The Victims of Communism Foundation's Blog

Cuba and the USSR: A Love Story

Cuba and the USSR: A Love Story

Fidel Castro toured the Soviet Union in 1963 at the invitation of the communist leader Nikita Khrushchev. During his 40-day trip across the USSR, Castro gave countless speeches in stadiums, factories, and town centers.

In one of those speeches, Fidel told a mass of people gathered in Moscow’s Red Square:

“The Cuban Revolution became possible only because the Russian Revolution of 1917 had been accomplished long before. Without the existence of the Soviet Union, Cuba’s socialist revolution would have been impossible…”[i]

Fidel had been influenced by the Soviet example years before he even declared himself a communist—and even before the Cuban Revolution of 1959.

In the book The World Was Going our Way: The KGB and the Battle for the Third World, former Senior Archivist of the First Chief Directorate of the KGB, Vasili Mitrokhin claims that Fidel Castro declared he was a Marxist-Leninist as far back as 1953, during his guerrilla campaign against the Cuban dictatorship of Fulgencio Batista. Years later, when looking back at his beginnings Fidel stated, “we felt that Lenin was with us, and that gave us great strength in fighting.” However, the word socialism didn’t appear in his speeches until 1961.

Despite Castro’s early attachment to Russian communism, the Kremlin did not always feel similarly warm towards Fidel. During his exile in Mexico in 1953, Fidel constantly appealed to the Soviet embassy for arms to support his guerilla campaign. His appeals were repeatedly turned down. It wasn’t until December 27, 1958, that the Kremlin approved a limited supply of arms for Castro’s guerillas.

The only person that realized Castro’s potential early on was the KGB’s First Chief Directorate of the Foreign Intelligence Arm during that time, Nikolai Leonov. He met the Castro brothers in Mexico City in 1956. But Leonov’s interest in Fidel was not enough to impress the Party leadership. Even after Fidel took power in 1959, the Kremlin still doubted his abilities and his commitment as a communist.

The official diplomatic relations between the USSR and Cuba took place in May 1960, when the Soviet embassy opened in Havana. As Cambridge University historian Christopher Andrew and senior Soviet archivist Vasili Mitrokhin wrote in their book, The Sword and the Shield, “Thanks to Castro and the KGB, the Soviet Union now had, for the first time in history, a foothold in Latin America.”

Despite their strong alliance, the Soviet Union and Cuba differed in certain ideological aspects. Castro wanted to export the Cuban revolution to the rest of Latin America. They believed that revolutions could happen at any moment, in any part of the world. For the Soviet Union, these ideas were against Marxism-Leninism, which believed in certain standards of modernization necessary for true communist progress.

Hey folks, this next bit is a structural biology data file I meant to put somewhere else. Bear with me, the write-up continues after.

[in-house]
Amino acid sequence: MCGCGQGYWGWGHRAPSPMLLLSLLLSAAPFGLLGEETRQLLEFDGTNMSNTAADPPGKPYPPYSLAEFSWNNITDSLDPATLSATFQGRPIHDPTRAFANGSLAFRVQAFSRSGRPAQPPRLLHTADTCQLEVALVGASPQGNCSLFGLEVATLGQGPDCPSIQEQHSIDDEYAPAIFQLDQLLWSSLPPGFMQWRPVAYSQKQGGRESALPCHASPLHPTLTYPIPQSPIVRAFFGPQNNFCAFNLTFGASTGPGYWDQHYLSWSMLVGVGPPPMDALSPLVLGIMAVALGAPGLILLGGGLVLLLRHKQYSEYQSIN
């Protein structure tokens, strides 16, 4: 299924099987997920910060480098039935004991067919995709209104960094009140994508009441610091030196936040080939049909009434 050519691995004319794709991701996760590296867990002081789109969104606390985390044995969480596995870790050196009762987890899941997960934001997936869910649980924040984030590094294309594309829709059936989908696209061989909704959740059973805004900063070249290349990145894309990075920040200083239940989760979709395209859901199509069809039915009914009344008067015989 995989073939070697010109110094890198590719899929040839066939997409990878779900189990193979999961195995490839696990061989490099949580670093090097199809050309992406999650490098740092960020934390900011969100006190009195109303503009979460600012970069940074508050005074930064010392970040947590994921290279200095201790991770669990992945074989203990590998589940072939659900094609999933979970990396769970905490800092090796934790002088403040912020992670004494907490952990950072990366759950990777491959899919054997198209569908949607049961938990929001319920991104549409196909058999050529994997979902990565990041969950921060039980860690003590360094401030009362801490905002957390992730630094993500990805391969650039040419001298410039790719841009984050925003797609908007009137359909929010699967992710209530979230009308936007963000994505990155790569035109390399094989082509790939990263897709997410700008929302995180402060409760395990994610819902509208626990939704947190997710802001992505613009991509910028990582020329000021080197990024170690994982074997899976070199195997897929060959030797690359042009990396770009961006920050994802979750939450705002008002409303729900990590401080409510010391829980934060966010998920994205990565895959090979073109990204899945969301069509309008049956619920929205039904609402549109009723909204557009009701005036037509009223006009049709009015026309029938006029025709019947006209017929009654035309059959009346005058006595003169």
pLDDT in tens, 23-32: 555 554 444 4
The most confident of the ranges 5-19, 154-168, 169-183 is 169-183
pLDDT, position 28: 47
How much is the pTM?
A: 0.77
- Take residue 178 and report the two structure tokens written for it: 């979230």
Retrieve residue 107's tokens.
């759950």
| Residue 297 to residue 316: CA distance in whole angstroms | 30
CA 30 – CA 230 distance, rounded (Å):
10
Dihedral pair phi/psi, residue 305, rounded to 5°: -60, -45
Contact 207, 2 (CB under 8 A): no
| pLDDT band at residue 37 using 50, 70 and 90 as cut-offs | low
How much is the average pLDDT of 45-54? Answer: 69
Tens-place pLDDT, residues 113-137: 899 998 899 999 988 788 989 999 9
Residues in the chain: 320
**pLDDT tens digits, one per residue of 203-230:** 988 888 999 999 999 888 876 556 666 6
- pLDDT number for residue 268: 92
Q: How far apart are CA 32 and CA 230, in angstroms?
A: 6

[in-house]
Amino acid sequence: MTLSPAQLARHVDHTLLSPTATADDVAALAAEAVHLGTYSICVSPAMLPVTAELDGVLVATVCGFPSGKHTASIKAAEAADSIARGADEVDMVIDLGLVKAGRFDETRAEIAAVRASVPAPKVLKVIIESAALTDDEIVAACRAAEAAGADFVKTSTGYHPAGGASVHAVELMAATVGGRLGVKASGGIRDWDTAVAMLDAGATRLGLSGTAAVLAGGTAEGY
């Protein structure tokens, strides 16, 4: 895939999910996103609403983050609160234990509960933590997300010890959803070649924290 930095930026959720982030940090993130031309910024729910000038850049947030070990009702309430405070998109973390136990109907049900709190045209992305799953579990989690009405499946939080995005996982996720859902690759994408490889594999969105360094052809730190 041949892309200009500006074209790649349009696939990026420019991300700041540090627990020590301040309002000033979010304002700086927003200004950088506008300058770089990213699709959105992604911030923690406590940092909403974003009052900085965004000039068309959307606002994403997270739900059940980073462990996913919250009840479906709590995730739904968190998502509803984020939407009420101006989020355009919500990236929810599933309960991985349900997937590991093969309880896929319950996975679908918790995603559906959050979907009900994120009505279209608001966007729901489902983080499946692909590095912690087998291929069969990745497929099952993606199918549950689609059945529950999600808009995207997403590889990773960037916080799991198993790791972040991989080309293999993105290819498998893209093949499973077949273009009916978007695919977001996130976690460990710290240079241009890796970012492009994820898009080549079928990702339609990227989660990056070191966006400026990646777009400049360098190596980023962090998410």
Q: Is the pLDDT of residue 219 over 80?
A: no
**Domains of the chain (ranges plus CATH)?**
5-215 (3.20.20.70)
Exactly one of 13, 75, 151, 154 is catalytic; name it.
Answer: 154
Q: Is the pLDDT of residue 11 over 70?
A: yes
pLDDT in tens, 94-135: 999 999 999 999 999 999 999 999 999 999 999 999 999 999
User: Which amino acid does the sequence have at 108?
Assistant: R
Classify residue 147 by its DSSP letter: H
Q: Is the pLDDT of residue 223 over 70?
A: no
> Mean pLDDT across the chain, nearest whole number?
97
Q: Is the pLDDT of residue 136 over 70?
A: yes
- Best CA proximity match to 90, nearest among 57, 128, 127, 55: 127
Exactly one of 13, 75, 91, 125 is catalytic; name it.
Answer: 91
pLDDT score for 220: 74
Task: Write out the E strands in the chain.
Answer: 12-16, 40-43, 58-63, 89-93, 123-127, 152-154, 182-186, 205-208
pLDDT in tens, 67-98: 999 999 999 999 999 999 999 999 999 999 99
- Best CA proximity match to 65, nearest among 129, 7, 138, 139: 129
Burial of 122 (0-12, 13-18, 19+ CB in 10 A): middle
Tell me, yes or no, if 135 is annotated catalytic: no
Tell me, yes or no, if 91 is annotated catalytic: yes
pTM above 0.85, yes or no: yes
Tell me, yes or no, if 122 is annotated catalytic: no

Against Soviet advice, Cuba made unsuccessful events to set up guerilla bases in Peru, Guatemala, Venezuela, Argentina and Colombia to provoke revolutions throughout the 1960s. Russian criticism of these actions, combined with the death of Che Guevara, served to sour relations between the USSR and Cuba, and led Castro to openly criticize Marxism. The relationship deteriorated to a point where in 1968 Castro staged “microfaction” show trials to purge pro-Soviet loyalists within the Cuban Communist Party, by accusing them of “ideological divisionism.” During the trials, several party members were proven guilty on the basis of having been in contact with the KGB. As a result, the Kremlin cut back most of the economic support it provided to Cuba.

Thanks to Castro, the Soviet Union now had a foothold in Latin Americashare quote on Twitter

1968 was a hard year for Moscow, bringing not just the Cuban show trials but also the much more widely publicized Prague Spring—the period of political liberalization in Czechoslovakia. The KGB was certain that Castro would lend his support to the Czech protest movement in order to score political points against the USSR, but to their surprise the Cuban leader condemned the liberalization movement. Castro’s token of loyalty towards the USSR proved to be somewhat ameliorative to the deteriorating relationship between the two countries.

Most claim that Fidel’s change of heart towards the Soviet Union happened when he realized the extent of Cuban economic dependence on the Soviet Union. As a reward for Cuba’s restored loyalty, the Kremlin bailed out the Cuban economy, and continued its support until the collapse of the USSR.


[i] Castro Speech at Red Square: Fidel Castro (1963)